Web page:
For a newly emancipated people who could easily remember their former experience as slaves, the laws governing slavery proved to be a litmus test as to whether the ethos of the Exodus experience had any effect on the way average people would relate to those who were society’s most marginalized and the disenfranchised members. Rather than banning the institution of slavery altogether, the ancient biblical writers realized that human nature is slow to change; therefore, the Torah imposes many rules and regulations upon a master so as to gradually domesticate the institution of slavery, with the purpose of eventually legislating it out of existence. The biblical ethos stresses: be considerate of your slave’s welfare. Every citizen ought to recall, “Remember that you were once a slave in Egypt and that the Lord your God redeemed you; that is why I am giving you this order today” (Deut. 15:15).

The laws regarding the resident alien in ancient Israel is a profound witness to how the ethos of the Exodus inspired the nation to act kindly toward the resident stranger in their midst (Lev. 17:8; 22:17–19; Num. 15:14–16). After Israel became established as a nation and a people, remembrance of Israel’s past alien status justified laws regarding fair treatment of the alien among them (Exod. 22:20; 23:9; Lev. 19:34; Deut. 10:19). Officially, aliens in Israel enjoyed equal status with regard to worship and Sabbath rest (Num. 9:14; 15:15–16; Exod. 23:12; Deut. 5:14), and, with widows and orphans, protective care (Exod. 22:21–24;20–23; Deut. 24:17, 19–20; cf. Mal. 3:5). If you were resident alien living in ancient Israel, you could expect fairness in every civic area of life, and enjoy equal participation in rituals, participate at the holiday celebrations, and the list goes on. The ancient Jewish philosopher, Philo of Alexandria (ca. 1st century) once wrote regarding the Essenes:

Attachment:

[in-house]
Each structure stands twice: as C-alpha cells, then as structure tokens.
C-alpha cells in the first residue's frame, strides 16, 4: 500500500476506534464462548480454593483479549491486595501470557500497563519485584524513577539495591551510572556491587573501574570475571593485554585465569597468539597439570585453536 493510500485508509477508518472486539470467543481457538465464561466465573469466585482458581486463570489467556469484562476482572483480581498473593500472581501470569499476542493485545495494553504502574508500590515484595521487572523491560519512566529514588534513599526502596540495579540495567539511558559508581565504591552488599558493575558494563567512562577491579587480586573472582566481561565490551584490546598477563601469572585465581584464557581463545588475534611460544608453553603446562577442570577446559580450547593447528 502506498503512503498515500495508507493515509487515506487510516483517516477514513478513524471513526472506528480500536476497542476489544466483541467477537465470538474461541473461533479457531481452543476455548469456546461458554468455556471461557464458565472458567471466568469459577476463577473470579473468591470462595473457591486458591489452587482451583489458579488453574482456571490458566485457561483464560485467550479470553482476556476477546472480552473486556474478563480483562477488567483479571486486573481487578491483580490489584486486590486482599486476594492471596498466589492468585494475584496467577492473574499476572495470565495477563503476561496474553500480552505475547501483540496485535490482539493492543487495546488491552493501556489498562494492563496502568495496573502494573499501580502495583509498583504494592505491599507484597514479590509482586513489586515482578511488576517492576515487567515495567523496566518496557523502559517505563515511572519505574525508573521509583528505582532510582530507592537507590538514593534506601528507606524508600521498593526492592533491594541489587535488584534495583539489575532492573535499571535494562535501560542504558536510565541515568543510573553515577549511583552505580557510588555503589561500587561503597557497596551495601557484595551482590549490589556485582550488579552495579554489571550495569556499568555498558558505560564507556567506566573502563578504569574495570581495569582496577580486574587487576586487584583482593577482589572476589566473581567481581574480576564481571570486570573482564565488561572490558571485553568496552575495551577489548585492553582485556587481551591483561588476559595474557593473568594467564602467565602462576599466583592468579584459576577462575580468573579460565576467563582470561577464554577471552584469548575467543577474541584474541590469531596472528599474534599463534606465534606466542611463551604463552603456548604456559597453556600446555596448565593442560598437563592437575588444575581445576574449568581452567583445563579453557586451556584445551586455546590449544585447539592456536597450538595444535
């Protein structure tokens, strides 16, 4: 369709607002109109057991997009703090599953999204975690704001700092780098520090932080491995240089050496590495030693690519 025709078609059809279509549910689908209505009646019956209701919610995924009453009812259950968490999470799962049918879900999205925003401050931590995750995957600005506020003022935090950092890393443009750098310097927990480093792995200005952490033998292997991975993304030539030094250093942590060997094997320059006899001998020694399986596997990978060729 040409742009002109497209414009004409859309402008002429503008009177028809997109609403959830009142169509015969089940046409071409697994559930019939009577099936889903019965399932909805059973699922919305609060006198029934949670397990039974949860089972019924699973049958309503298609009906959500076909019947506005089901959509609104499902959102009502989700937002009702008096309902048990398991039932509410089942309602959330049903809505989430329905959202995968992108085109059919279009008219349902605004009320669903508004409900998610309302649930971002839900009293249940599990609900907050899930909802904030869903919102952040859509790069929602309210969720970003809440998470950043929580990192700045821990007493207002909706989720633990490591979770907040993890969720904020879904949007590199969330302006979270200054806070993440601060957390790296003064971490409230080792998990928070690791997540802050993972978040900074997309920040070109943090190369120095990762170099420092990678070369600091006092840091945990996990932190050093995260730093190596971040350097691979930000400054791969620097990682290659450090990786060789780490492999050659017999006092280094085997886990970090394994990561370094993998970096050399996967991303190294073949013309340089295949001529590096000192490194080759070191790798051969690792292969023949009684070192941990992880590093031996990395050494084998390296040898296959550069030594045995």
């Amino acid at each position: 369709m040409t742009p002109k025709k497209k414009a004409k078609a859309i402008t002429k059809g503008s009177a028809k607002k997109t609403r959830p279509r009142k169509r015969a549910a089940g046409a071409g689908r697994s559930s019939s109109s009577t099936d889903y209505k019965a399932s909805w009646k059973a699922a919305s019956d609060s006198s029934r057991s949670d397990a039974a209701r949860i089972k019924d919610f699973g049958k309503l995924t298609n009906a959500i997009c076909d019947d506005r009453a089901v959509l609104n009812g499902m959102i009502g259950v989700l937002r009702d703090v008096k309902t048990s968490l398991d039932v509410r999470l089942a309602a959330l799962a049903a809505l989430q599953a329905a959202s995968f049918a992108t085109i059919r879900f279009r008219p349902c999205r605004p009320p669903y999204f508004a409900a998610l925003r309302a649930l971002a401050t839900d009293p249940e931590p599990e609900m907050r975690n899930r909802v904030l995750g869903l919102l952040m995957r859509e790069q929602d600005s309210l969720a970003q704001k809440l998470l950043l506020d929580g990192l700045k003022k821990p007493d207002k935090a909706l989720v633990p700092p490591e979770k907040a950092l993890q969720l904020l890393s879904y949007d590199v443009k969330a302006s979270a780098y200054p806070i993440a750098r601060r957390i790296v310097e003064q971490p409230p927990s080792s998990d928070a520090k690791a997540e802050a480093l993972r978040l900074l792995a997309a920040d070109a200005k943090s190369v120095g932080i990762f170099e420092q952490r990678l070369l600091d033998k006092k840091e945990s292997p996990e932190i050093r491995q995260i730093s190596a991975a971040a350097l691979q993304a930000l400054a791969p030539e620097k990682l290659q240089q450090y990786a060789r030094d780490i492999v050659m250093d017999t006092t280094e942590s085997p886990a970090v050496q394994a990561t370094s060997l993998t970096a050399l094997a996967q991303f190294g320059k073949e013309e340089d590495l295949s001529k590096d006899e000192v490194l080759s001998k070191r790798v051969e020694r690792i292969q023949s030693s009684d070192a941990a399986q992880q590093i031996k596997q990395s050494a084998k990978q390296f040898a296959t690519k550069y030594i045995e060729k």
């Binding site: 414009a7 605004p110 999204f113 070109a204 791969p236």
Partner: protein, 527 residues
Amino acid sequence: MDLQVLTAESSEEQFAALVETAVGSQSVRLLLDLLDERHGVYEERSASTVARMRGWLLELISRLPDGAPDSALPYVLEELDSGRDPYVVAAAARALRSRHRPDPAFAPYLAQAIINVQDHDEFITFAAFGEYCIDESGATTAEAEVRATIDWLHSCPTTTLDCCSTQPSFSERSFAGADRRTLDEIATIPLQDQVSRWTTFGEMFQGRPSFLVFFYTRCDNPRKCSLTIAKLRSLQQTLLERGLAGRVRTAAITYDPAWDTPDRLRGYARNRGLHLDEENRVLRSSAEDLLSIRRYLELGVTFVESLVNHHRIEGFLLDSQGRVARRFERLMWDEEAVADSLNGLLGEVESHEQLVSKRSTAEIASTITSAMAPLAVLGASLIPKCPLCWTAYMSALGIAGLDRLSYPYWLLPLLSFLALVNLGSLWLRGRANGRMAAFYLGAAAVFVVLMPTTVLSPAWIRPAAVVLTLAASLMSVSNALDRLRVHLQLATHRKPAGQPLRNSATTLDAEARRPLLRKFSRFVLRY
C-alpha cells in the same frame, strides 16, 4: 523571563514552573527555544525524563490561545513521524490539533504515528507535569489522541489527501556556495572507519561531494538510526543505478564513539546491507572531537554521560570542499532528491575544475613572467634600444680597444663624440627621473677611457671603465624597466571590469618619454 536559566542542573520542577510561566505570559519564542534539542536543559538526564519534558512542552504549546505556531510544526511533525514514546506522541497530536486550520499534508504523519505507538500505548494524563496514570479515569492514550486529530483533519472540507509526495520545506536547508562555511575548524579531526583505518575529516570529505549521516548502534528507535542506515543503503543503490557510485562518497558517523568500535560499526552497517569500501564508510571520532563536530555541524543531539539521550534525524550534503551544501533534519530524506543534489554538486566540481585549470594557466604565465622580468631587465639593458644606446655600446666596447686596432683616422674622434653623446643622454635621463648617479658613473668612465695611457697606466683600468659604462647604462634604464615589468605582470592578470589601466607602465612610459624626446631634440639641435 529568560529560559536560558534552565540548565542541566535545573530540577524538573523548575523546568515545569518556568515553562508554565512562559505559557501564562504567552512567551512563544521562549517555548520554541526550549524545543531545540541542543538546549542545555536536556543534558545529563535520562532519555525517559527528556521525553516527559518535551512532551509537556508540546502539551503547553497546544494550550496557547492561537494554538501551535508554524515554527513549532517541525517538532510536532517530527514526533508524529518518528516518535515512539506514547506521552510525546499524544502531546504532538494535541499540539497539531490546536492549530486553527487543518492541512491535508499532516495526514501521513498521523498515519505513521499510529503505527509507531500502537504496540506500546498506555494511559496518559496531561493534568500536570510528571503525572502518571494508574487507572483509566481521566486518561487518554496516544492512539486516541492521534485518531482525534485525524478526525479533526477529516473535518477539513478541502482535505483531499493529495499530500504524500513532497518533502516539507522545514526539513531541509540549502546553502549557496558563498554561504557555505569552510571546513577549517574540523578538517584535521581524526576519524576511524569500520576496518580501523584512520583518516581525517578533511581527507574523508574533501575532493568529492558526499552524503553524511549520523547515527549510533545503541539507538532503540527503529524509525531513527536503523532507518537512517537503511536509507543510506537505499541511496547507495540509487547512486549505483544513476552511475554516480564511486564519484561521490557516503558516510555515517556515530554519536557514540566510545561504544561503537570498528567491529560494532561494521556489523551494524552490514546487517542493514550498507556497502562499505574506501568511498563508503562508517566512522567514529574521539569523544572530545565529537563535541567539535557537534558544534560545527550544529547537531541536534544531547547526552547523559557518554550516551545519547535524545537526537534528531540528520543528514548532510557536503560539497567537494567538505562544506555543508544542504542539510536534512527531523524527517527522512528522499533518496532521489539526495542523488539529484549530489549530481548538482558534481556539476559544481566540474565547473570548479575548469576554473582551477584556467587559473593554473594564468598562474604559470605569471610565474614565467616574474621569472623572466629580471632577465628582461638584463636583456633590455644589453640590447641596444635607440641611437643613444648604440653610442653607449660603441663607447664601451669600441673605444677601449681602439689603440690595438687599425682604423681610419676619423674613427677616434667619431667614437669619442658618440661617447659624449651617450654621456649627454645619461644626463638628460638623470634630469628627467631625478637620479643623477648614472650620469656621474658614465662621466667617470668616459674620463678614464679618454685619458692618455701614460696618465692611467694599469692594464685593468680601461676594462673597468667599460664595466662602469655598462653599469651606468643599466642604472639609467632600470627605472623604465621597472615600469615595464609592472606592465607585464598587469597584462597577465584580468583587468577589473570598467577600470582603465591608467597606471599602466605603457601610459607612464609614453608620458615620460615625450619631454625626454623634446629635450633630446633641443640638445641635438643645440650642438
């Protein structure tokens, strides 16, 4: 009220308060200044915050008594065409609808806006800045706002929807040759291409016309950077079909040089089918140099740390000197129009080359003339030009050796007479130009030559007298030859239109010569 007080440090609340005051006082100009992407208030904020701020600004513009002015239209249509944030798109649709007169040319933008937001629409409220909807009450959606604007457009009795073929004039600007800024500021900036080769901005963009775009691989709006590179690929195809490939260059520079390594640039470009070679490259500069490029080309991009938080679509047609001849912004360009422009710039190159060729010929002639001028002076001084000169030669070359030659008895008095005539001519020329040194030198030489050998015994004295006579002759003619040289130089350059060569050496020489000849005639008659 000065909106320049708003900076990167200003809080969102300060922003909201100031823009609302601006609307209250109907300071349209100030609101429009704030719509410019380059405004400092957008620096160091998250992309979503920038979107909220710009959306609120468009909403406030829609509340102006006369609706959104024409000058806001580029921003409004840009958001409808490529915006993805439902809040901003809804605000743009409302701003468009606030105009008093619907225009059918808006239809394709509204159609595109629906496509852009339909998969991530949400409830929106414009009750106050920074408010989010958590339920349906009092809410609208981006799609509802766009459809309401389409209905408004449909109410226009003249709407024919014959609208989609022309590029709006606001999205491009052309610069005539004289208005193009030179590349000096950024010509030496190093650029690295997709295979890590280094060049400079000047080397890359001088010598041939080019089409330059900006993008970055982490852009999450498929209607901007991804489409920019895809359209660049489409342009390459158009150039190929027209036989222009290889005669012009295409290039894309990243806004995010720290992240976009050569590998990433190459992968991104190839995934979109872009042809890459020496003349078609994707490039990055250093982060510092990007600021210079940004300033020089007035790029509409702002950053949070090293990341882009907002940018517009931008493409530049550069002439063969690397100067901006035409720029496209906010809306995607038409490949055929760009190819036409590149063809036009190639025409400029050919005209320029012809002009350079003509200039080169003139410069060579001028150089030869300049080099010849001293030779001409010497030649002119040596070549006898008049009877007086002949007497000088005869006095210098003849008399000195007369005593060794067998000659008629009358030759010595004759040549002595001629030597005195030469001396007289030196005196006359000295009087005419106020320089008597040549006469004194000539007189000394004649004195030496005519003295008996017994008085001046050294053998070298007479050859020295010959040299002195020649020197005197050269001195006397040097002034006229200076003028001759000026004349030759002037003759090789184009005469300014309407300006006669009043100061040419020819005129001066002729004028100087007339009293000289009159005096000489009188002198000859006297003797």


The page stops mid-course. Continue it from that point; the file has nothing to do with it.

• And they do not use the ministrations of slaves, looking upon the possession of servants of slaves to be a thing absolutely and wholly contrary to nature, for nature has created all men free, but the injustice and covetousness of some men who prefer inequality, that cause of all evil, having subdued some, has given to the more powerful authority over those who are weaker.” In the Contemplative Life [9:80]

Philo also wrote,

Behave well to your slaves, as you pray to God that he should behave toward you. For as we hear them so shall we be heard, and as we treat them, so shall we be treated. Let us show compassion for compassion, so that we may receive like for like in return.”

Maimonides’s own teaching on this particular subject is illuminating.

  • The quality of benevolence and the paths of wisdom demand that a human being conduct himself mercifully and justly toward his slave. One should not press his heavy yoke on his slave and torment him, but he should give him ample food to eat and drink of everything. The sages of old were in the habit of sharing with their slaves every dish they ate, and they fed the cattle as well as the slaves before they fed themselves. Nor should a master disgrace his slave by hand nor should he verbally abuse him, the Biblical law surrendered them to slavery but not to disgrace (Niddah 47a). Neither should he scream at them angrily, but rather should patiently listen to his complaints. Cruelty is frequently found among the heathens who worship idols, but for the progeny of Abraham however, the people upon whom God bestowed the goodness of the Torah, commanding them to observe laws of virtue, we are enjoined to be merciful towards all creatures. So too, when speaking about Divine attributes, He commanded us to imitate God through the mitzvot. As the Psalmist said, “His mercy is upon all His works” (Psa, 145:9) Whoever is merciful will receive mercy, for it is written ‘”He will be merciful and compassionate to you and multiply you’”(Deu. 13:18). (Maimonides, Hilchot Avadim 9:8)